The following are just some interesting facts about the professional staff at HES.
71 teachers on pay scale
- 16 have Bachelor's degree or BA plus 15 graduate credits or BA plus 30 graduate credits
- 28 have Master's degree
- 7 have Master's degree plus 15 graduate credits
- 7 have Master's degree plus 30 graduate credits
- 13 have Master's degree plus 45 graduate credits (top)
71 teachers are offered health and dental care through district
Three different plans are offered to teachers. Teachers can be covered by themselves, or have a two person plan, or have a family plan. Premiums are based on the plan and how many covered. With family plans it doesn't matter if you have one child or seven children, it is still the same premium.
District only pays a certain amount ($1,140.00) per month for each employee (based on a driver). This is called "The Cap". If an employee has their family covered they can be spending anywhere from $7,615-$12,213 annually) Families with BCBS Anthem JY plan contribute 51.5% of the annual premium.
Only single "Matthew Thornton plan" teachers pay 10% of the annual premium.
Fallacy: Teachers get free health/dental care.
- 48 teachers take the health care offered by district
- 32 teachers take least expensive plan due to high premiums
- 32 are on two person or family plan
Most districts do not have a "cap" on their health care. Rather, the district and its employers share certain percentages of the plan. Amherst and Bedford share the cost with employees as much as 80%-90%.
We could lower the cost of health care if the whole district bought into using a "few" plans instead of many and different plans. We have asked for this to be researched and have been told "we are looking into it."
Example: A teacher with a Master's Degree on the 9th step of experience makes $50.623. If that teacher has a family plan, even the least expensive, $9,530.98 comes out of his/her salary next year. That is just the deduction for health. Add in deduction for mandatory retirement 5%, dental, federal, FICA and you have a very, lean paycheck. Yes, teachers have to pay into the NH retirement system AND Social Security.
Hollis Teachers rank 44th. in the state for salaries. This has dropped dramatically in the last five years.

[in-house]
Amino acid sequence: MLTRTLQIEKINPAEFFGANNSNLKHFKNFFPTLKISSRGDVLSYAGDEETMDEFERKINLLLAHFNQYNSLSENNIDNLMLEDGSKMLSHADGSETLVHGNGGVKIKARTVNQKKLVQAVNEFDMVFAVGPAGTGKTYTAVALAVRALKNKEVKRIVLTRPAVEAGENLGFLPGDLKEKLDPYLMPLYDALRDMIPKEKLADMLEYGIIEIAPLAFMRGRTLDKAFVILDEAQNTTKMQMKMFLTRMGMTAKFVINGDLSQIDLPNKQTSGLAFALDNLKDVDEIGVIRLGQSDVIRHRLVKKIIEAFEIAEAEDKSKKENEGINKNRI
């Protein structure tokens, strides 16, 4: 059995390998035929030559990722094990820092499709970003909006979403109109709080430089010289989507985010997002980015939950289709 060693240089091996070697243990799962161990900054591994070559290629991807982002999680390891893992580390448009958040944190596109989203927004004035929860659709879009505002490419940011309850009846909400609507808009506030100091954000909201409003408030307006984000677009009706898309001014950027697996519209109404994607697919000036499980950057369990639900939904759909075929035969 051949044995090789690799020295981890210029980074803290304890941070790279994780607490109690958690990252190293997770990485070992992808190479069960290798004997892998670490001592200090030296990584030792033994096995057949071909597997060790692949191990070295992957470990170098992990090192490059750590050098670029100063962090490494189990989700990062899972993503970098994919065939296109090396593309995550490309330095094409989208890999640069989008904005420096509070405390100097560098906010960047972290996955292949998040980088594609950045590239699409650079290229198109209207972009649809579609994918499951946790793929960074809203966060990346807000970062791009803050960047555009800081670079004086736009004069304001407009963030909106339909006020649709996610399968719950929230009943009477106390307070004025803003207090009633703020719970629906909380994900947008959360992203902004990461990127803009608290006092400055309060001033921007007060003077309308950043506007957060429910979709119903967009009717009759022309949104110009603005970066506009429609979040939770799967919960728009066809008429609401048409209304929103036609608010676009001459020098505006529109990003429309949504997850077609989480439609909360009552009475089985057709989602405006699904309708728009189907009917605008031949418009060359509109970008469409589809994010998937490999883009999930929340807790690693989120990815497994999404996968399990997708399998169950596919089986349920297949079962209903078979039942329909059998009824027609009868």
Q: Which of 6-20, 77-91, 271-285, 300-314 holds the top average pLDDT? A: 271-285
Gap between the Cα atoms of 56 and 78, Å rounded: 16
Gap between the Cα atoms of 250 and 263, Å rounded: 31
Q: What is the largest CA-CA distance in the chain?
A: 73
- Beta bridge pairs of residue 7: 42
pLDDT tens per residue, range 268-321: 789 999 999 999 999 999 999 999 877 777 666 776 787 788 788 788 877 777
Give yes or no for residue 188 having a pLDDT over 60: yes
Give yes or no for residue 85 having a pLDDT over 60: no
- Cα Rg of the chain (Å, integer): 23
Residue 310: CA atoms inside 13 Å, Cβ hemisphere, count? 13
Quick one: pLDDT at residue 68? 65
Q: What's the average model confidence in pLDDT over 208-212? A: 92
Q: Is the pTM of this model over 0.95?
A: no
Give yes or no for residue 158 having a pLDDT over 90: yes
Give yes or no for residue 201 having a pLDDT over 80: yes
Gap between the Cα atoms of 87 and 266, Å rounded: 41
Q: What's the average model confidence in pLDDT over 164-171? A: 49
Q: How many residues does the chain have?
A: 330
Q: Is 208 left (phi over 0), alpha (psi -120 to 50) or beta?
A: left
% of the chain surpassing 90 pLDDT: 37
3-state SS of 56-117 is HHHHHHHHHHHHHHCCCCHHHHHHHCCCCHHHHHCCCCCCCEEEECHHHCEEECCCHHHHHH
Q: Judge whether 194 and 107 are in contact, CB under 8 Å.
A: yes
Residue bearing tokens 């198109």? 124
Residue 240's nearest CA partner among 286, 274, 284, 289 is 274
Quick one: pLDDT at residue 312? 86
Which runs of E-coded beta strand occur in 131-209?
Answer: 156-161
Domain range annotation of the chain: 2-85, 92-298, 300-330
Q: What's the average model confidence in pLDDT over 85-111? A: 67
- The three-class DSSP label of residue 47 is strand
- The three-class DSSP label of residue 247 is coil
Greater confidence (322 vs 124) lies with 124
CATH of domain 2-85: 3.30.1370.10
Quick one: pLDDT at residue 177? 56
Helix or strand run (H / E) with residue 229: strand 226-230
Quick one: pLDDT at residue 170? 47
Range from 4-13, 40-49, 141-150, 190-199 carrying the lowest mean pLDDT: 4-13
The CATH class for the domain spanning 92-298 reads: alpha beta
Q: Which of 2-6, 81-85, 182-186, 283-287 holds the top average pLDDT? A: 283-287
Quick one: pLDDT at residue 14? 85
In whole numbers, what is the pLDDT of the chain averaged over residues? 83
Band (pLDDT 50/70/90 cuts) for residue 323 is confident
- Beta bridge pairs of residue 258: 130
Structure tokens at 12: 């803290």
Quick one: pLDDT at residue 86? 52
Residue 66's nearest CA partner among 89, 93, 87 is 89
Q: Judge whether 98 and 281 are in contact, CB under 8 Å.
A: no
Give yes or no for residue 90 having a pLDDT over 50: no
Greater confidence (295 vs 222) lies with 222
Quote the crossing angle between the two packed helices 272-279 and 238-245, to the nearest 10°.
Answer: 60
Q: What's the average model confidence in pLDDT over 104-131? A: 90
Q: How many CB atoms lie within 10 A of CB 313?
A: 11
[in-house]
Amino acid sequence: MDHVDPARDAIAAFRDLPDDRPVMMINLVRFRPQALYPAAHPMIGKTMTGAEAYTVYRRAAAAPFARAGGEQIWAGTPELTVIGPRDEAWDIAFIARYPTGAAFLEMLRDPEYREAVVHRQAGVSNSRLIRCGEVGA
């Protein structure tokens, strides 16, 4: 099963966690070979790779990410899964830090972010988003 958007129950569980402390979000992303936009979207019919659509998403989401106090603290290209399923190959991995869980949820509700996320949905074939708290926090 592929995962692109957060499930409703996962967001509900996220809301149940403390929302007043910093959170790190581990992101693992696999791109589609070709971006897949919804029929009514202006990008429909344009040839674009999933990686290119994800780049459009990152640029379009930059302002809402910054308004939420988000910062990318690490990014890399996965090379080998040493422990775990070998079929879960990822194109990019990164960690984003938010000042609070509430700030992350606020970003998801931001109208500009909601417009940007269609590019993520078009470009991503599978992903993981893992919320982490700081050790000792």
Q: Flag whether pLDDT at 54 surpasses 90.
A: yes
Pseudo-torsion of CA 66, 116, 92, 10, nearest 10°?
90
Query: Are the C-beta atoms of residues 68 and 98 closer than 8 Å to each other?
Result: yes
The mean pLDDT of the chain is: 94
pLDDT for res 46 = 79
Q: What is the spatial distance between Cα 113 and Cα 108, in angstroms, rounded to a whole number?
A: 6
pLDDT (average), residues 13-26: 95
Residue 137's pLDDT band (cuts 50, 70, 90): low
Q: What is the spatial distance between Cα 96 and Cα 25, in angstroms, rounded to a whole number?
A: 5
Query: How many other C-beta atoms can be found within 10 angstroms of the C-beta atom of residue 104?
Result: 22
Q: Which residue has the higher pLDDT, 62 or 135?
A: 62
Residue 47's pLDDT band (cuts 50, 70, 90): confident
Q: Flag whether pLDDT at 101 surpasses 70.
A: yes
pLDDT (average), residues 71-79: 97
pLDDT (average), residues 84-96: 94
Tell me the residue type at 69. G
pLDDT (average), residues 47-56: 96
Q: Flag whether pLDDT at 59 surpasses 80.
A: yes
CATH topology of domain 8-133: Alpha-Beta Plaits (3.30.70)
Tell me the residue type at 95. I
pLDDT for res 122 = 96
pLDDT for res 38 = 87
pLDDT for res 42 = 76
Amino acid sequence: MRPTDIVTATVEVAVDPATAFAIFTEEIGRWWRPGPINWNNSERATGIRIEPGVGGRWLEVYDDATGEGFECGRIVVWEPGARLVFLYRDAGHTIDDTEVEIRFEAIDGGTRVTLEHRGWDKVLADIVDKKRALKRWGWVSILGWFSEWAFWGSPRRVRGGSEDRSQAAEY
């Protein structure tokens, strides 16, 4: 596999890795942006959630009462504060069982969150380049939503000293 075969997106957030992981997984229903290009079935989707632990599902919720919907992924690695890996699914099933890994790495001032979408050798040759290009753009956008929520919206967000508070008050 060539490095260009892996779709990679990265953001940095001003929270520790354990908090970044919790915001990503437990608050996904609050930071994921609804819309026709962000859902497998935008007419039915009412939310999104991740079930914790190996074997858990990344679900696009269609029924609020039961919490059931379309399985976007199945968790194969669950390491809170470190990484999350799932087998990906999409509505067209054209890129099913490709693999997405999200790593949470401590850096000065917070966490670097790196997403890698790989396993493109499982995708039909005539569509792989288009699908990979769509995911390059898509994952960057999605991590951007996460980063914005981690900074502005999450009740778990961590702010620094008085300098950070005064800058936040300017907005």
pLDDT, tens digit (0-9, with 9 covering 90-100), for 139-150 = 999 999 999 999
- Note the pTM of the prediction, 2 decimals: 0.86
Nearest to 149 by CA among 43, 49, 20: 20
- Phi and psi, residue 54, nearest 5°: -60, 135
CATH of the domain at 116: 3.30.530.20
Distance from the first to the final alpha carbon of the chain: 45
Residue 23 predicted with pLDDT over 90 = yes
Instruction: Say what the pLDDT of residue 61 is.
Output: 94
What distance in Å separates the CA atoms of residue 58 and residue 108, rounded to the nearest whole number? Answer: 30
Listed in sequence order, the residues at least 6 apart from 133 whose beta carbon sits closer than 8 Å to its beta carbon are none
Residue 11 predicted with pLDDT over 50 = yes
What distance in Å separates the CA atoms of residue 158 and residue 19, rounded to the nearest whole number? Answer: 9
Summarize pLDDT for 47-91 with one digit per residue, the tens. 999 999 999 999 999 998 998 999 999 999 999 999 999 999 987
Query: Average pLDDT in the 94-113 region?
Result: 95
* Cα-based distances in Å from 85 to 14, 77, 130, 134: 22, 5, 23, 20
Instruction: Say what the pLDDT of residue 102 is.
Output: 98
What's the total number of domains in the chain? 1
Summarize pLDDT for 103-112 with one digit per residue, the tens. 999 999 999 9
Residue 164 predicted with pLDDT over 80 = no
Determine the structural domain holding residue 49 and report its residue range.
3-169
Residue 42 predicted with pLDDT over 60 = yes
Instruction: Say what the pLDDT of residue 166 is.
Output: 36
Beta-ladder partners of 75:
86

Fallacy: Teachers just get to move to the next step by doing nothing!
Teachers must keep their certification current. Every three years, teachers must accrue 75 clock hours in various areas to keep their teaching certificate. If a teacher has more than one certification he/she must accrue 30 more clock hours in each of the other certification areas.
In order to achieve the 75 clock hours teachers can take college courses, attend workshops, serve on committees, etc. However, if a teacher receives enough graduate credits to make a horizontal move on the salary schedule they can only use those hours for the horizontal move - they may not "double dip" to receive certification. Once again, teachers can not just move to the next step or lane without doing a lot of hard work, which in turn impacts the instruction of students.
Fallacy: Teachers only work 186 days!
Yes, we are contracted to work 186 days, 7+ hours a day. When you take away weekend days, national holidays, we have 60 days in order to take classes, workshops, plan for next year, work on committees, etc. in order to keep our certification. Many teachers use those 10 weeks to work a second job.
Teachers also do not end their day at the regular 7+ hours. Normally you would see teachers working in school on the weekend, arriving to school 1 1/2 hours early or leaving 2 hours after school ends - not to include all of the work done at home.
Teachers pay taxes just like everyone else in their town of residence.
Teachers get one sick day per month. These can accrue, but cannot be "bought back" or shared with another staff member with a catastrophic illness.
Teachers have five bereavement days to be used when a member of their immediate family passes away.
Teachers receive three personal days, to be approved by administration, to attend to personal business which, because of their nature, must be attended to at a time when school is in session.